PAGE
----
Robin Danzak uses qualitative and mixed methods to explore multilingual language, literacy, and the relationships among writing, culture, and identity of bilingual adolescents and adults. Robin engages participants in authentic text composition to promote language and literacy skills, self-expression, and social participation. Robin’s research has received internal funding, as well as a Fulbright Scholar Award that allowed her to spend a semester in Italy. Recently, Robin has been exploring the experience of adoption through collaborative autoethnography and photovoice, an arts-based, qualitative methodology.

Lindsay Griffin investigates healthy and disordered swallowing in adults at the EATS Lab. She is specifically interested in improving clinical swallowing evaluations and expanding upon treatment methods. Previous work has involved non-invasive electrical brain stimulation, mental imagery, and exercise science.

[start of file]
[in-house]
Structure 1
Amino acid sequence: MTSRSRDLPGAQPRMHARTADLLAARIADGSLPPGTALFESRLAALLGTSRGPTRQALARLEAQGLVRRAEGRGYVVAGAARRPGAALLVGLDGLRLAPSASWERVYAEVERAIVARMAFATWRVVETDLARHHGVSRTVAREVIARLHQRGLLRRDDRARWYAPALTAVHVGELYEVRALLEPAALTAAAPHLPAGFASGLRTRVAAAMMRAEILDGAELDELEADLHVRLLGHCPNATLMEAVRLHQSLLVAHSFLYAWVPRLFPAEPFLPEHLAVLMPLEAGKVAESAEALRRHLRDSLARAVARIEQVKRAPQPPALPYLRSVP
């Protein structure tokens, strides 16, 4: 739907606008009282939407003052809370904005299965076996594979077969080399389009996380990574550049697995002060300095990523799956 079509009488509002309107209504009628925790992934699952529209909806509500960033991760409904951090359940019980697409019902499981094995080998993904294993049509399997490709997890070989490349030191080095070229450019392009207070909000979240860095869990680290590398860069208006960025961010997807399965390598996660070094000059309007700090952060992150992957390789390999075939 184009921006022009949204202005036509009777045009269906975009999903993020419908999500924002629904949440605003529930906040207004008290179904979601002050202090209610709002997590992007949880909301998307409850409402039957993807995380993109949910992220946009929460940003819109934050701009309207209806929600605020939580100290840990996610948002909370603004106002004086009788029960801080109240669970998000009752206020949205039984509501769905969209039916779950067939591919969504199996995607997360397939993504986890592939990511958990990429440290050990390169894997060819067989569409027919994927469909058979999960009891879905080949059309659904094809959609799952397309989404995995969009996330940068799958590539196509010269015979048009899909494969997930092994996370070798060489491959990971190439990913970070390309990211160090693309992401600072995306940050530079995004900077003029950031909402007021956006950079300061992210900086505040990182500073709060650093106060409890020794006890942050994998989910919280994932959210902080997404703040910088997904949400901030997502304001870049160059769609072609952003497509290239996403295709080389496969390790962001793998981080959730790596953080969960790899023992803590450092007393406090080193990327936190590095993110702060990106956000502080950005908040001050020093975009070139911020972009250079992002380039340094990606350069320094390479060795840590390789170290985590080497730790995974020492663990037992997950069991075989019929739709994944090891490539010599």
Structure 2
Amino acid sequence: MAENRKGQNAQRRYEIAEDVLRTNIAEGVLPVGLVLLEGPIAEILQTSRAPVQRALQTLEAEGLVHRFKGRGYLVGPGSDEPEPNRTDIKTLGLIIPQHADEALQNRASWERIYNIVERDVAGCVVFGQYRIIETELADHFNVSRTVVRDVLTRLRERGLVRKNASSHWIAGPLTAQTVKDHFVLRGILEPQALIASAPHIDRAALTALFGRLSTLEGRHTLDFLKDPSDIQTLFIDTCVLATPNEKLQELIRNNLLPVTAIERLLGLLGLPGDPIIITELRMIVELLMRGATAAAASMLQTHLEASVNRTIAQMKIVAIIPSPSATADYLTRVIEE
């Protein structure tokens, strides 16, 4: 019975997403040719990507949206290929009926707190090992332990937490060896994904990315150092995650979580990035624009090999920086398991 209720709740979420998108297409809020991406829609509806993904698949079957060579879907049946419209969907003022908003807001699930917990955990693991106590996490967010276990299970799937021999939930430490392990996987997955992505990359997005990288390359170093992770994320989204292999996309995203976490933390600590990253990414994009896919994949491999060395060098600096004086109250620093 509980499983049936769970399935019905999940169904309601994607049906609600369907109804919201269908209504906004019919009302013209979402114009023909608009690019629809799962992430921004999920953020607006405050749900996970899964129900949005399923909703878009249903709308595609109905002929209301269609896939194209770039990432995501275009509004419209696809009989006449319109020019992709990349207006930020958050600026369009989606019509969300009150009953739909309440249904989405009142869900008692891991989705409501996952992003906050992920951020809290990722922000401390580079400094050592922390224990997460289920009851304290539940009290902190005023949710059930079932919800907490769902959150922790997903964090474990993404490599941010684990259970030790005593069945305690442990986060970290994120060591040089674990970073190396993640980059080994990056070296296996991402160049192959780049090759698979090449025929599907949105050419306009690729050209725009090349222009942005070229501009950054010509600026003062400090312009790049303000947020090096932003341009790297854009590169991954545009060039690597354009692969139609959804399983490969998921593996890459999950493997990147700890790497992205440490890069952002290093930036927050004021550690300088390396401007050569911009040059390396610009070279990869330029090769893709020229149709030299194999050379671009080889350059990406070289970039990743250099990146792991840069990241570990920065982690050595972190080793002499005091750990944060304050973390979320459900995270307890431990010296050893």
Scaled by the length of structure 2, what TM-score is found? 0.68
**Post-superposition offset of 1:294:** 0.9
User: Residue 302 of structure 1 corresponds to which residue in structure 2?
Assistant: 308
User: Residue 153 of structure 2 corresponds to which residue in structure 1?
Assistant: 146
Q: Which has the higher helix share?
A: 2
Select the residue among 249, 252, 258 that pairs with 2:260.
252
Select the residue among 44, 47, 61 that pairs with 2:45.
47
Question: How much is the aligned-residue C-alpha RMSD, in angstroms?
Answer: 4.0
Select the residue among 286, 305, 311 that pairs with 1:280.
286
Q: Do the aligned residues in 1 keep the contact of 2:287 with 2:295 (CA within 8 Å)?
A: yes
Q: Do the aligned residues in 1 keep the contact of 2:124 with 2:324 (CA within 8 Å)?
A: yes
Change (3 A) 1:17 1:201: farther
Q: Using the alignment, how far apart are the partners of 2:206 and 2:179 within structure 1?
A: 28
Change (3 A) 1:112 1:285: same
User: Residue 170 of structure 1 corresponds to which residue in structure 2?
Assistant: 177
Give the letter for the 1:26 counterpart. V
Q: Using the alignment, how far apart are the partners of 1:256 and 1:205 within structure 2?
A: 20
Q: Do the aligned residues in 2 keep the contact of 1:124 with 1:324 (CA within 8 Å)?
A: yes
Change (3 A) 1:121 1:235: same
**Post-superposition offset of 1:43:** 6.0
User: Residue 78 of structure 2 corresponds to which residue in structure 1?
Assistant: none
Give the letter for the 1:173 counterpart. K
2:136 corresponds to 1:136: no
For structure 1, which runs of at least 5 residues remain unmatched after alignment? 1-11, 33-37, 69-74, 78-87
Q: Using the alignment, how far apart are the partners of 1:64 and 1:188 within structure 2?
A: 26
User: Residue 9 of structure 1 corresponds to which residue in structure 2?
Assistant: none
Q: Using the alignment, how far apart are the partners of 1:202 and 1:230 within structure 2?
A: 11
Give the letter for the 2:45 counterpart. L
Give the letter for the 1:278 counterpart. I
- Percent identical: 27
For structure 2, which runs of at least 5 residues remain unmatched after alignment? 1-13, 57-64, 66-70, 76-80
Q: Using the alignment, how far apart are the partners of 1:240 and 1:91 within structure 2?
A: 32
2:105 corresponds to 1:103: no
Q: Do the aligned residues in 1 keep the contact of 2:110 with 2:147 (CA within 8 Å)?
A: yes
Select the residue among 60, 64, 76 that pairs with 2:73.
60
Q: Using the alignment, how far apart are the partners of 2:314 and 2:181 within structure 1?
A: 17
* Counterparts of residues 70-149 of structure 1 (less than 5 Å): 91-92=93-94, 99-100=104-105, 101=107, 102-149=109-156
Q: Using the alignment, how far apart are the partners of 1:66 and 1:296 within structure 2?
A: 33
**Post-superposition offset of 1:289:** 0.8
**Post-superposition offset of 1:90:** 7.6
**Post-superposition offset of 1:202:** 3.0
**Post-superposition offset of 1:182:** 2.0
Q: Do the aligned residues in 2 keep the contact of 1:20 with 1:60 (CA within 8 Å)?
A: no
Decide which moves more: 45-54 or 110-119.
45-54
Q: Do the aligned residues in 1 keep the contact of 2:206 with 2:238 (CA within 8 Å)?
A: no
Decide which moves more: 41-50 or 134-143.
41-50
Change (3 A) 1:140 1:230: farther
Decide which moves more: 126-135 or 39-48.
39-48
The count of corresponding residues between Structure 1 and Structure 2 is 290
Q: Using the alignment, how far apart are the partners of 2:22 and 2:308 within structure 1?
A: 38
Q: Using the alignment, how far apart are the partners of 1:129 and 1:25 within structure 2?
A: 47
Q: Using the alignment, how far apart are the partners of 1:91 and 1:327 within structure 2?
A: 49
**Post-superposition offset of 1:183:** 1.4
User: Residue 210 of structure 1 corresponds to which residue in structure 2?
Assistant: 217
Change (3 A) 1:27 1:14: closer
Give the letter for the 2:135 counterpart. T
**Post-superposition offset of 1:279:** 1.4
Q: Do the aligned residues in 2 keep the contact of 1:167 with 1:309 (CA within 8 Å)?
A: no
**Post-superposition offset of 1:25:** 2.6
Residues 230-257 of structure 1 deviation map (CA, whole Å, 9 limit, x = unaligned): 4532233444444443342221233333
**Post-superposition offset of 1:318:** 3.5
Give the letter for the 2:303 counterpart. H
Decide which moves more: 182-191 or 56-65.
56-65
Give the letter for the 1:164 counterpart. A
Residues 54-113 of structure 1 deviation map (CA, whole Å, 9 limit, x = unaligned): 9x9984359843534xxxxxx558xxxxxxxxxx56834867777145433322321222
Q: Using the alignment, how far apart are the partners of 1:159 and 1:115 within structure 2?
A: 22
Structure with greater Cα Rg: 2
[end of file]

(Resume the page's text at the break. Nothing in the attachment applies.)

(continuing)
Ruth Grossman’s explored how children with and without ASD produce and understand facial expressions and tone of voice in the FACElab

Joanne Lasker’s research focuses on assessment and intervention for adults living with chronic aphasia who are exploring strategies to improve participation in their daily lives. She collaborated with a colleague to create an on-line assessment tool designed to help clinicians determine which types of AAC intervention may be most appropriate for people with aphasia. She has received internal funding (Emerson Faculty Advancement Fund Grant) to systematically investigate a treatment technique combining speech generating devices and speech practice for adults with apraxia of speech.

Rhiannon Luyster (director of the Language in Infants + Toddlers Lab at Emerson, or LI+TLE Lab) focuses on language development in young children with autism spectrum disorder (ASD). Her research is currently supported by the National Institutes of Health.